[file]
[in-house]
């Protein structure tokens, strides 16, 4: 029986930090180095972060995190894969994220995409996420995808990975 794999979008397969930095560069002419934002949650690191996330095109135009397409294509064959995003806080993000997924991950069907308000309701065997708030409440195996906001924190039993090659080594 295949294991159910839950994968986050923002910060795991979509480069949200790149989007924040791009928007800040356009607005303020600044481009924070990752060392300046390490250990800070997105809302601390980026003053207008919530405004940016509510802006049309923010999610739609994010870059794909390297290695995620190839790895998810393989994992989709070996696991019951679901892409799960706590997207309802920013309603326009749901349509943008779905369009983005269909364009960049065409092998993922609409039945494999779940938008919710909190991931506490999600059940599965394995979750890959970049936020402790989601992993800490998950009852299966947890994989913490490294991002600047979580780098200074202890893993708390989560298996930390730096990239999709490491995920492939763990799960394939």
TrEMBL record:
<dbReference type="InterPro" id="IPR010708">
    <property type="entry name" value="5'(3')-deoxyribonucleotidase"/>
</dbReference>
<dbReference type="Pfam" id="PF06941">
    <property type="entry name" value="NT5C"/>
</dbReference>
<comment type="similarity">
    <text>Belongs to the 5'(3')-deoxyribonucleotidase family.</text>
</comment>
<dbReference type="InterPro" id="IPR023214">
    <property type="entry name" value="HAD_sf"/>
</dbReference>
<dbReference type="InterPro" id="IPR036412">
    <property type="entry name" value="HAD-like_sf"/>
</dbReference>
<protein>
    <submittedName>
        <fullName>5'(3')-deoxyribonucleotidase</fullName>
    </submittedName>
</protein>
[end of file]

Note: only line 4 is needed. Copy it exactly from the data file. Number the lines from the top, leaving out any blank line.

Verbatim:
<dbReference type="InterPro" id="IPR010708">